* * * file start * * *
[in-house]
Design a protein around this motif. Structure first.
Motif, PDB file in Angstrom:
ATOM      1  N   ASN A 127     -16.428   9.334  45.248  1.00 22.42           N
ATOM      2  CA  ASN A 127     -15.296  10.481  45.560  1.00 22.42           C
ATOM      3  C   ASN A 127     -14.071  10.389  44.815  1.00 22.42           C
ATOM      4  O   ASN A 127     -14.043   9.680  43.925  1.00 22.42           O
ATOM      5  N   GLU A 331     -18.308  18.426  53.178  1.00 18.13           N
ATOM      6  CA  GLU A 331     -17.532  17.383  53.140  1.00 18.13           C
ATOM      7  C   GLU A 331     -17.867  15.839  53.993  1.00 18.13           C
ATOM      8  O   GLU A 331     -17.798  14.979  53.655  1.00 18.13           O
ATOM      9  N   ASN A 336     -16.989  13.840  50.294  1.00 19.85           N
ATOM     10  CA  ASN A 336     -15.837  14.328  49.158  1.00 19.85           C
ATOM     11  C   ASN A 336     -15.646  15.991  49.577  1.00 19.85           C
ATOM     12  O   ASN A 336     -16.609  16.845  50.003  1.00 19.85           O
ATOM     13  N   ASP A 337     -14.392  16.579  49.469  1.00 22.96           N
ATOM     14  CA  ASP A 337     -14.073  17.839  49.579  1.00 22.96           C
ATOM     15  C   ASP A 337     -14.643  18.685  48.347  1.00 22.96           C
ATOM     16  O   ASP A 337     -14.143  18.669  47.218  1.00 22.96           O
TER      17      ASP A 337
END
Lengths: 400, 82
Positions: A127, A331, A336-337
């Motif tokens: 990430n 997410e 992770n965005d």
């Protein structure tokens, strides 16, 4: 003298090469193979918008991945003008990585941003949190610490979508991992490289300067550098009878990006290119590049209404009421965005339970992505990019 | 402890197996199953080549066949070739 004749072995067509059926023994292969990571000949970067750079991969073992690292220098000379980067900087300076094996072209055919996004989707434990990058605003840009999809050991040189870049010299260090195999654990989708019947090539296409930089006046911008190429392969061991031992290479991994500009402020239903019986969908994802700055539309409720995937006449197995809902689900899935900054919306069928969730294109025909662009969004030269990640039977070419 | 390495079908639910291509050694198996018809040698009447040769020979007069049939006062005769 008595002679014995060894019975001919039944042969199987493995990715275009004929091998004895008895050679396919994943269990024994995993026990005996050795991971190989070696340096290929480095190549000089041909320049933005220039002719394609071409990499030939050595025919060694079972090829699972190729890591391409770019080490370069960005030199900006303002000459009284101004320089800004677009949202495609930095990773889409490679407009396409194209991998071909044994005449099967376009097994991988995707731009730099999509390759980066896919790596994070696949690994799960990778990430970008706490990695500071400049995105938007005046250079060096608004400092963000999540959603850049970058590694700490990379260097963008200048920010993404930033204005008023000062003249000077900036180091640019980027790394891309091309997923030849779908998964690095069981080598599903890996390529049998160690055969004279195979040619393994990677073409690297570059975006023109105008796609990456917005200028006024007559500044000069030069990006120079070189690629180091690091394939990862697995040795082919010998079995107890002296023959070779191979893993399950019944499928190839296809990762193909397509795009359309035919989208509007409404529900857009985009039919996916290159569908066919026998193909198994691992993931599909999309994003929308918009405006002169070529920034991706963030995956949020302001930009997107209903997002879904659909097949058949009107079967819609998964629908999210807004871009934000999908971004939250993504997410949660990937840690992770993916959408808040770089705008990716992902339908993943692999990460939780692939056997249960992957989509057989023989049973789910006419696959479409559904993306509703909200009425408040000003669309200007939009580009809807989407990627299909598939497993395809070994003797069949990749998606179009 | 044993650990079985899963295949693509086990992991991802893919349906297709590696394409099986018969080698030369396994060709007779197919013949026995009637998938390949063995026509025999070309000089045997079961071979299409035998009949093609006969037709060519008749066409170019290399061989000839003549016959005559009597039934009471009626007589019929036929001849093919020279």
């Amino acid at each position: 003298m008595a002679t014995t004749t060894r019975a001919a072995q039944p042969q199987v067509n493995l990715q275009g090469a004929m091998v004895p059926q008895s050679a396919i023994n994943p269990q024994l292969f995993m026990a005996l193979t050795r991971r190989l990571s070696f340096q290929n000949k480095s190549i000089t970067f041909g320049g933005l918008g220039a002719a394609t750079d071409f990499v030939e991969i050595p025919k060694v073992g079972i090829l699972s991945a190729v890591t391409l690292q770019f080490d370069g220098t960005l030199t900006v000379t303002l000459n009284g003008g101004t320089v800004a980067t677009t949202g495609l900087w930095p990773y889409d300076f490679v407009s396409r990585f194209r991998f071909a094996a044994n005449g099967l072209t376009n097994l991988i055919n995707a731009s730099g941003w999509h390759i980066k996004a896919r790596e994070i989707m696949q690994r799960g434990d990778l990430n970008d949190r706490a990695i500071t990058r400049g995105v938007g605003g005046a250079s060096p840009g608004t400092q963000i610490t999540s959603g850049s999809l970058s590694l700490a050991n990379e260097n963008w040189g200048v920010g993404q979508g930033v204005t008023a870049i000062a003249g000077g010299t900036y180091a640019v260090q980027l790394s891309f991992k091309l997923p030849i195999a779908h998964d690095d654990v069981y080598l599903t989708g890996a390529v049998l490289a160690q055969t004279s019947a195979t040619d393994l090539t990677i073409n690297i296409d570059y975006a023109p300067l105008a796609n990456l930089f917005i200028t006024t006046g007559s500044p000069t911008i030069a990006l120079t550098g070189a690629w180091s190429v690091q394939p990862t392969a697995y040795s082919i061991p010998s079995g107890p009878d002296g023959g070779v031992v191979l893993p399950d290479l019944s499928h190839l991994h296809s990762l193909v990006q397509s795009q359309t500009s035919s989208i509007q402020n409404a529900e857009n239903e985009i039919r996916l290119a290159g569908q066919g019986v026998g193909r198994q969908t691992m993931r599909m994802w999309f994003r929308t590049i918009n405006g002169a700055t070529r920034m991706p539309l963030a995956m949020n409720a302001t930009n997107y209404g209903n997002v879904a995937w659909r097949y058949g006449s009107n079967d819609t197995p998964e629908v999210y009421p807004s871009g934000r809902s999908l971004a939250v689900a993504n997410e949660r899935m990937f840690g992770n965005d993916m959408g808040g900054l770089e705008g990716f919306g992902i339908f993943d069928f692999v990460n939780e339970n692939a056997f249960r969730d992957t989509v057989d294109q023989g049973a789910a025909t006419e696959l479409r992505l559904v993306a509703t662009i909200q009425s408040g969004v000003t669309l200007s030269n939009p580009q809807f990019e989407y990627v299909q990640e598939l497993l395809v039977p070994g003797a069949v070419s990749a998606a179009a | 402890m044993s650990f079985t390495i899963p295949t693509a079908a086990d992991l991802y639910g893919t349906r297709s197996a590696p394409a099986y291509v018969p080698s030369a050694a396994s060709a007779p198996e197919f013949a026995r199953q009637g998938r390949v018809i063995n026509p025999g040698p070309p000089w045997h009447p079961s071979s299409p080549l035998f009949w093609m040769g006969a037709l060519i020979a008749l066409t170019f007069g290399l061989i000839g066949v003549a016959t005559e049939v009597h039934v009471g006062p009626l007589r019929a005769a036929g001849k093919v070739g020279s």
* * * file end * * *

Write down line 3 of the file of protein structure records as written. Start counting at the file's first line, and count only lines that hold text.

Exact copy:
Motif, PDB file in Angstrom: